A conference was held yesterday (Tuesday 14 April) in London about ‘gay conversion therapy’. Its organisers included various ‘christian’ groups; it was reported in the Independent (here), Guardian (here) and Daily Telegraph (here). Parts of the meeting were closed to the press, to allow private discussion. One of the organisers’ concerns was that any opposition to their motives curtailed their ‘religious freedoms’.
The recent history of homosexuality in the UK has seen remarkable changes, particularly in the last few decades. The Criminal Law Amendment Act 1885 was a response to the ‘revelations’ by the yellow journalist WT Stead of the widespread—and very largely imaginary—‘white slave trade’, a classical ‘moral panic’. The Act raised the age of consent from 13 to 16. Almost unnoticed, an amendment to criminalise homosexuality as ‘gross indecency’ was introduced. This ‘blackmailers charter’ was used to prosecute Oscar Wilde and Alan Turing and very many others.
Heterosexual and homosexual (from the Greek for ‘same’, not the Latin for ‘male’) were terms first used in the late 19th century by Kraft-Ebbing, with notions of sexuality being later advanced by Freud. His response to a worried mother in the 1930s describes his thoughts then:
I gather from your letter that your son is a homosexual…it is nothing to be ashamed of, no vice, no degradation; it cannot be classified as an illness; we consider it to be a variation of the sexual function, produced by a certain arrest of sexual development. By asking me if I can help [your son], you mean, I suppose, if I can abolish homosexuality and make normal heterosexuality take its place. The answer is, in a general way we cannot promise to achieve it. In a certain number of cases we succeed in developing the blighted germs of heterosexual tendencies, which are present in every homosexual; in the majority of cases it is no more possible. It is a question of the quality and the age of the individual. The result of treatment cannot be predicted.
Homosexuality was decriminalised in 1967 in Britain, though much later in N Ireland. Despite Freud’s message, conversion therapy has been attempted to convert ‘abnormality’ to ‘normality’, from ‘unnatural’ to ‘natural’. Turing escaped jail by agreeing to hormonal therapy; it seems to have made him so miserable that in the end he took his own life.
The simplistic idea that things can be divided in a binary, either or, fashion goes back to the ancient Greeks. Even they had problems with it; the Pythagoreans were very disconcerted by numbers that weren’t ‘real’ and whole—the diagonal of a square of side 1 is √2. Sexuality likewise isn’t a matter of exclusively homo- or heterosexual; many people have traits in-between the extremes. And some people can switch quite dramatically between extremes; think of John Maynard Keynes, once exclusively, rampantly homosexual, then an uxorious husband to a Russian ballerina.
What then is ‘normal’? In medical, statistical terms is is that area under the normal distribution curve within ± 2 standard deviations from the mean, roughly 95% of the total. We recognise though, that values inside these limits may be abnormal, and values outside them may normal. In common usage, ‘normal’ probably means what is commonly, ordinarily done, something done by the majority. Is then an activity done by a minority ‘abnormal’? (Does that make the great artists, clearly in the minority, ‘abnormal’?) And is homosexuality only something that humans do? Well no, homosexual activity has been described in very many mammalian species, as well as in birds and fish. What does that mean?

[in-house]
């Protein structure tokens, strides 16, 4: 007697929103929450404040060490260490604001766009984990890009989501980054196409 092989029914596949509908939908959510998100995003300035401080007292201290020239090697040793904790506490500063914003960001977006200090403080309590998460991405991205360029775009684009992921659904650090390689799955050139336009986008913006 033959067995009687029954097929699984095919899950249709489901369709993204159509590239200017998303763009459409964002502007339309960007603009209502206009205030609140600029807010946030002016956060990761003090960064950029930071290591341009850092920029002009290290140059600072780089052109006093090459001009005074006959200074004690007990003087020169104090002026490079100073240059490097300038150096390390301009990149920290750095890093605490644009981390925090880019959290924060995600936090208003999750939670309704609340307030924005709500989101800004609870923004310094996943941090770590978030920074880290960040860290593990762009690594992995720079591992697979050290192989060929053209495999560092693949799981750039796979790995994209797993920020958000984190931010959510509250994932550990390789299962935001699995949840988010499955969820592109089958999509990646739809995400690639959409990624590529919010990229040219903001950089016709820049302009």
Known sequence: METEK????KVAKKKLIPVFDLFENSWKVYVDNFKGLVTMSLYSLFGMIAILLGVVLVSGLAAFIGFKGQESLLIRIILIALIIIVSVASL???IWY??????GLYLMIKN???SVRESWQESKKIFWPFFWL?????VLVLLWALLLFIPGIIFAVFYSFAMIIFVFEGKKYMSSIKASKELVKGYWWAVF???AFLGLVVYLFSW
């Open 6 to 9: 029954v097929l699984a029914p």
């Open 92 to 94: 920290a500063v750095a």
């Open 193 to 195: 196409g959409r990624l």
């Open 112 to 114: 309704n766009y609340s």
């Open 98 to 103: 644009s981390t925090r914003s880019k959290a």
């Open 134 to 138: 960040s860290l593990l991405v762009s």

And why is heterosexuality ‘natural’? There are no easy answers, really only the reverse; that lying with another man is ‘abomination’ as is beard trimming, being tattooed and wearing mixed fabrics. Prescriptive certainly, but not very enlightening.
Medicine, alas, doesn’t have an unblemished record with homosexuality. It was, until around a quarter of a century ago classified as a ‘mental disorder’, a disease, an illness—one comical result of this was that, so it’s said, that Swedish men who fancied some time off work would call in saying that they ‘felt ill, felt a little gay’. So it’s unsurprising that there was medical support at one time for conversion therapies, whether hormonal, electrical or talking. Equally unsurprisingly, they didn’t work. The consensus today between psychiatrists, therapists and others is that conversion therapy is unwise, unethical and harmful.
A medical view point, you say; indeed, it is. Now, explain why sex, and a sexual inclination, is so obsessively important to a belief in a God, and not just any sex, but the right, normal, natural kind of sex. The production of virgins, those purest of all? Better still, why not chastity, purity, remaining ‘uncontaminated’, ‘unfallen’ from a state of grace? The biologist answers to say that this is utter bilge, garbage; that celibacy is totally abnormal; and even Abraham Maslow, the managerial theorist, agreed at his most basic level.
What then of ‘religious freedom’ that is complained of? Firstly, we should ask in what way is sexuality a matter for mainstream religion? Why does the orientation of an individual who believes in the fundamentals of Christianity—love, tolerance, compassion, mercy and forgiveness—matter so much that there are those who would seek to change it? Are some of us still in thrall to the maniacal, utterly, grotesquely repressed ideas of the early doctors of the Church? And why are some parts of your meeting held in secret? What have you got to hide? You are at perfect liberty to spout your false, poisonous rubbish, as much as I am to refute it; but you have no freedom to expect that you can manipulate the confused, the concerned, the unhappy to your rigidly formulated ways of thinking.
Robert Campbell is a retired surgeon.